“But the laser’s application is confined to cases in which the cause of the patient’s pain is clearly diagnosed and localized. It is not at all useful for repairing and removing major disc herniation (disc ablation), eliminating large bone spurs or stabilizing the spine,” he adds.

Other experts concur. In a report published in a September 2019 issue of the Journal of the American Academy of Orthopaedic Surgeons, scientists indicate that “available clinical studies do not show a notable advantage” for laser use in conventional spine surgery and add that the “purported” benefits of lasers, including “reduced inflammation and degeneration,” are “not supported by preclinical research.”

Lasers create a concentrated source of heat that can readily slice through tissue and structures, thereby helping surgeons remove soft tissue or disc material that may be compressing a nerve and causing pain. However, “the spine comprises a complex system of nerves, muscles, cartilage, ligaments, and bone that run its length. For that reason, the surgeon must be absolutely precise in the laser’s use. A spillover of heat can easily damage nearby nerves and other areas of the spine, which is why a low-energy laser – the Holmium YAG laser – is the one most frequently used in spine surgery,” says Dr. Liu.

“A laser is only a tool in the spine surgeon’s arsenal. It is not absolutely essential for ensuring an effective spinal decompression procedure. Many other instruments, oftentimes more appropriate, are available, such as burrs, cutters and graspers.”

Admittedly, the federal Food and Drug Administration has approved laser use for percutaneous disc decompression (PLDD) – a minimally-invasive, nonsurgical, outpatient procedure to treat sciatica caused by milder forms of disc herniation. Sciatica occurs when a herniated disc in the lower back presses on a nerve, resulting in chronic pain and numbness in the lower back and legs. In PLDD, an optic fiber is inserted through a needle that has been guided by X-ray or computed tomography to the ruptured disc. Then, laser energy is sent through the fiber to ablate a small volume of tissue and ease pressure on the nerve.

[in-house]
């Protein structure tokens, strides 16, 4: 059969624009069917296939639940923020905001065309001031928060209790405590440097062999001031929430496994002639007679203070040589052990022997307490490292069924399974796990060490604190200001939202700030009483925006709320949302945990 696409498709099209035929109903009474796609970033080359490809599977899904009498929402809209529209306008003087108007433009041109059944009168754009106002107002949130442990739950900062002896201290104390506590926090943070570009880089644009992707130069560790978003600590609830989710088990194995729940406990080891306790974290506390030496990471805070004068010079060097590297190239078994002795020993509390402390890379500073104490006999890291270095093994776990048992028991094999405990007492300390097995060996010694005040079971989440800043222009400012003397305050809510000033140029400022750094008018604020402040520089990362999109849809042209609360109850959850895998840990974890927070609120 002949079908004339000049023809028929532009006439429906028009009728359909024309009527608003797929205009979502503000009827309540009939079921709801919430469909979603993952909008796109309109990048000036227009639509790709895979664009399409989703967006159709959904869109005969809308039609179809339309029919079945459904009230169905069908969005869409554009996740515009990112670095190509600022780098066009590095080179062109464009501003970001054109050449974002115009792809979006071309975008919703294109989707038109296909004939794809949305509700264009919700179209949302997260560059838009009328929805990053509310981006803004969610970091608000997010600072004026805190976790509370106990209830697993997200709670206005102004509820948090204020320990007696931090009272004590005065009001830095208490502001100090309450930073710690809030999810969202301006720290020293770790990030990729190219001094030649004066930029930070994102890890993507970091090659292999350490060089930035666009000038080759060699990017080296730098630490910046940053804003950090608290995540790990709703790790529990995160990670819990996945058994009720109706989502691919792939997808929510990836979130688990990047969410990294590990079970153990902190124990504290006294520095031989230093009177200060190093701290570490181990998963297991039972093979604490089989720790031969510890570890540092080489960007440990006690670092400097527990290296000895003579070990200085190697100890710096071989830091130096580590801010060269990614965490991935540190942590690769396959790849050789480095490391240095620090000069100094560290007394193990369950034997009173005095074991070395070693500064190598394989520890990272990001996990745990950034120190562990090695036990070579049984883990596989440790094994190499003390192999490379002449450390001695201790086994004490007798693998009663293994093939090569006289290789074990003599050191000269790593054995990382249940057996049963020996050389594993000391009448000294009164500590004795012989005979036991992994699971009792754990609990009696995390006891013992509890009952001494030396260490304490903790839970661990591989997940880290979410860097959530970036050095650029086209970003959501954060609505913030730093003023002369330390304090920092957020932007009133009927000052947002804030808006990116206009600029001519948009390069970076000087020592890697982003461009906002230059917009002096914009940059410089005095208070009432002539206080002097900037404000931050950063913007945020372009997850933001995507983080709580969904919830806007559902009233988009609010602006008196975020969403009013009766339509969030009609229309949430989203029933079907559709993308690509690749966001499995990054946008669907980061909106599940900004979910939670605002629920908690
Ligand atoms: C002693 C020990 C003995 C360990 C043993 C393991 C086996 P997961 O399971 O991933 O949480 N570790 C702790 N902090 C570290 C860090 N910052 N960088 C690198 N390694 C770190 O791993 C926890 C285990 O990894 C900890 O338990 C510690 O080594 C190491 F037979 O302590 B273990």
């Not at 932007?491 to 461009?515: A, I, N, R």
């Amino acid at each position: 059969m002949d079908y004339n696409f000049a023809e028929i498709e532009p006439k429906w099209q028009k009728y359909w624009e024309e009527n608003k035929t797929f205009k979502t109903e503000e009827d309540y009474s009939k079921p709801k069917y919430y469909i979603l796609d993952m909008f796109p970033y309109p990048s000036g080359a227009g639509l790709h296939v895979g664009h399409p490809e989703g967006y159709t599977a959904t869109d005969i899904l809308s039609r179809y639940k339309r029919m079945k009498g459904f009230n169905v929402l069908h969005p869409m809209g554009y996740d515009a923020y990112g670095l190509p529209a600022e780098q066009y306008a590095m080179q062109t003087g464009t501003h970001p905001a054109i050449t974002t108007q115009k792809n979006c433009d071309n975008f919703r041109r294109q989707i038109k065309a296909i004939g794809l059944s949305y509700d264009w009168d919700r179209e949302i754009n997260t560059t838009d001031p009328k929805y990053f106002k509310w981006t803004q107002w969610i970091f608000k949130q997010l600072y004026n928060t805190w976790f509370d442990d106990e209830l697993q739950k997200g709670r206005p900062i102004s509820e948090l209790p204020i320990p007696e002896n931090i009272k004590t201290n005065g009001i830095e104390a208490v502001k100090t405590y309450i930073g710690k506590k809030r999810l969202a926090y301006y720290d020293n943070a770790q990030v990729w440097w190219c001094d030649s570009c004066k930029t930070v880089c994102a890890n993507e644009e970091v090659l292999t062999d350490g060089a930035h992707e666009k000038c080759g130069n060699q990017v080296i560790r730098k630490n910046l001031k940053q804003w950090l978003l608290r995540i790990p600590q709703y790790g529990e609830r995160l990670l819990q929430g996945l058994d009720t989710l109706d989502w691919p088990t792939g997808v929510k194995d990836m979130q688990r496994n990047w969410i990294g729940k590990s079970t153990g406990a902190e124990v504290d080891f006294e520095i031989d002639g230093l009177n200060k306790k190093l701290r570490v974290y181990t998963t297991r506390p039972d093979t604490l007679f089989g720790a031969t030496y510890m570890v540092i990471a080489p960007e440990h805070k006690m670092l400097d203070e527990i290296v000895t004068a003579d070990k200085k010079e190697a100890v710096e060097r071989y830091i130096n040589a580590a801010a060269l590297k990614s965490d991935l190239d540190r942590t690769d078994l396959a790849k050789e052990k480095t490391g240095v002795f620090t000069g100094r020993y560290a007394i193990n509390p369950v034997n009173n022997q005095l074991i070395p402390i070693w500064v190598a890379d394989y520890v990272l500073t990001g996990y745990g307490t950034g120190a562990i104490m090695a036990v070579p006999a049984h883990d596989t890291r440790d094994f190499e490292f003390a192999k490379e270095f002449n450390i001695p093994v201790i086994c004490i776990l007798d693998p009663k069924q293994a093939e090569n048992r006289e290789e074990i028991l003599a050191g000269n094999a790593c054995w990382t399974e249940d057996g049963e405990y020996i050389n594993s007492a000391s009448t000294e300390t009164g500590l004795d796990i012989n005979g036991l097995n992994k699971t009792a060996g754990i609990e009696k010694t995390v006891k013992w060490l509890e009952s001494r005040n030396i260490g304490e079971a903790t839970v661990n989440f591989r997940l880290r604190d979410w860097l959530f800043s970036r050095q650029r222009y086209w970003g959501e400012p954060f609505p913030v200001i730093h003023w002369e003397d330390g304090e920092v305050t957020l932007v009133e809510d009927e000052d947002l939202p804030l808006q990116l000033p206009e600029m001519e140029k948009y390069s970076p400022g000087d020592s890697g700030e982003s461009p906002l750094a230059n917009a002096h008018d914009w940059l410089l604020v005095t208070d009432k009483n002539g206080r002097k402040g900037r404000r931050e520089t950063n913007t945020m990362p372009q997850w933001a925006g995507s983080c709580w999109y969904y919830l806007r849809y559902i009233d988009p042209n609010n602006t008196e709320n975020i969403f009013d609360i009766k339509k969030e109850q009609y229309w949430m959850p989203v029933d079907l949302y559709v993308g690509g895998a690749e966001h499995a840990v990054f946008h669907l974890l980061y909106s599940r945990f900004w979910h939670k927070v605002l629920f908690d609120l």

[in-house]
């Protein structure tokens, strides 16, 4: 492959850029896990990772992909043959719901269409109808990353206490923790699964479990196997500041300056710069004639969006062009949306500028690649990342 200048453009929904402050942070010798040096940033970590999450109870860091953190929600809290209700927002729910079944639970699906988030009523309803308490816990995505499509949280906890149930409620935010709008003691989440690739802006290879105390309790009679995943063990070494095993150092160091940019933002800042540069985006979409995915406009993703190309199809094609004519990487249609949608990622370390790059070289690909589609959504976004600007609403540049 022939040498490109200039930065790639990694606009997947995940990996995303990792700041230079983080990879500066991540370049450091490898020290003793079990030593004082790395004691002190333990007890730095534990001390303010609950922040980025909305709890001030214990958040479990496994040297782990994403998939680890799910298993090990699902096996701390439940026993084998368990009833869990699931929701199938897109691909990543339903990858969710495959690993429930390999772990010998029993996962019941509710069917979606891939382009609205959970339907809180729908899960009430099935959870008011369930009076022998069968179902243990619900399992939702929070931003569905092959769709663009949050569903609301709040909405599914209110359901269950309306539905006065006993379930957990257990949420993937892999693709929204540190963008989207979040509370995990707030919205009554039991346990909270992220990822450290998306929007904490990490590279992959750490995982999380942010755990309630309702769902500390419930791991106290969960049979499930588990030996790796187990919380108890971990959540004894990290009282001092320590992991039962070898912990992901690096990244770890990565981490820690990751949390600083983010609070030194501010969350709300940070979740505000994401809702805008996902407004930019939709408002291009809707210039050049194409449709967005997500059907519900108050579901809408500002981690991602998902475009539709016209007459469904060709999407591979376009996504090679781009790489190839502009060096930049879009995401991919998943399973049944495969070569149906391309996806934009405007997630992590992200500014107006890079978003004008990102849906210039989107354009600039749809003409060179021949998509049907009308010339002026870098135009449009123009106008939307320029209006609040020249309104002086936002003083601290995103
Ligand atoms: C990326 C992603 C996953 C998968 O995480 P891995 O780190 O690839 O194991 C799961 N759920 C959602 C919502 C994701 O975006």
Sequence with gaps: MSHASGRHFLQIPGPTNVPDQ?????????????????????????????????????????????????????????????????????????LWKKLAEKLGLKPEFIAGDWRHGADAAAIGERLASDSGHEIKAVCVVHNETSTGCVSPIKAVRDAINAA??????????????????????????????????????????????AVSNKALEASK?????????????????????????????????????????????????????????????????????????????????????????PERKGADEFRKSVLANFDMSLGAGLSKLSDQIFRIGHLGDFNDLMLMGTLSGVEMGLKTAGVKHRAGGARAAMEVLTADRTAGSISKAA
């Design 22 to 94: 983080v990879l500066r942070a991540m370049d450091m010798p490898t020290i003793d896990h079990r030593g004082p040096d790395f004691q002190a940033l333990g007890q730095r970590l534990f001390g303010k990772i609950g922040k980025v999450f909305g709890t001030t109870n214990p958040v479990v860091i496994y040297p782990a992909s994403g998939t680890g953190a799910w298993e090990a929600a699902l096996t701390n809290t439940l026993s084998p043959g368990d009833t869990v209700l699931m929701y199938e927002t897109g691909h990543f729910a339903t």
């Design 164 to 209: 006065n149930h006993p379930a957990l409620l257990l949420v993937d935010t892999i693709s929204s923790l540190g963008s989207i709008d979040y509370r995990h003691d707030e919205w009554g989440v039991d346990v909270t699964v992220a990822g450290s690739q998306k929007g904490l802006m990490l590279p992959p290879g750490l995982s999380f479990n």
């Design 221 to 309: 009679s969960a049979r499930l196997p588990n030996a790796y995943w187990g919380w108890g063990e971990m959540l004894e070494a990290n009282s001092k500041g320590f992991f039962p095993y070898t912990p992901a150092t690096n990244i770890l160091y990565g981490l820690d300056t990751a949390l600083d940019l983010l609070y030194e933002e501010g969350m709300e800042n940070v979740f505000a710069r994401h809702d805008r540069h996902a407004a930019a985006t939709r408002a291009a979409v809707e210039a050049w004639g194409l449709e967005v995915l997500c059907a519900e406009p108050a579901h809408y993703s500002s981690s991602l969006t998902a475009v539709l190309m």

But, according to Dr. Liu, most spinal experts agree that PLDD is primarily performed in cases that are likely able to resolve on their own without further treatment or in patients who want to avoid immediate surgery and engage in “watchful waiting,” understanding that surgery may be required later to provide long-term relief.

Minimally Invasive Spine Surgery

Minimally invasive spine surgery can be used to treat various spinal conditions, including herniated discs, spinal stenosis, spinal deformities, and spinal instability. The specific technique employed depends on the nature and severity of the condition. “The takeaway here for patients is that, despite the marketing hype, the usefulness of lasers in actual spinal surgery, except under specific, controlled circumstances, remains undocumented by evidence-based data,” Dr. Liu says. He advises that individuals with spinal problems or chronic back pain consult with credentialed, board-certified spine surgeons or neurosurgeons to carefully weigh their options.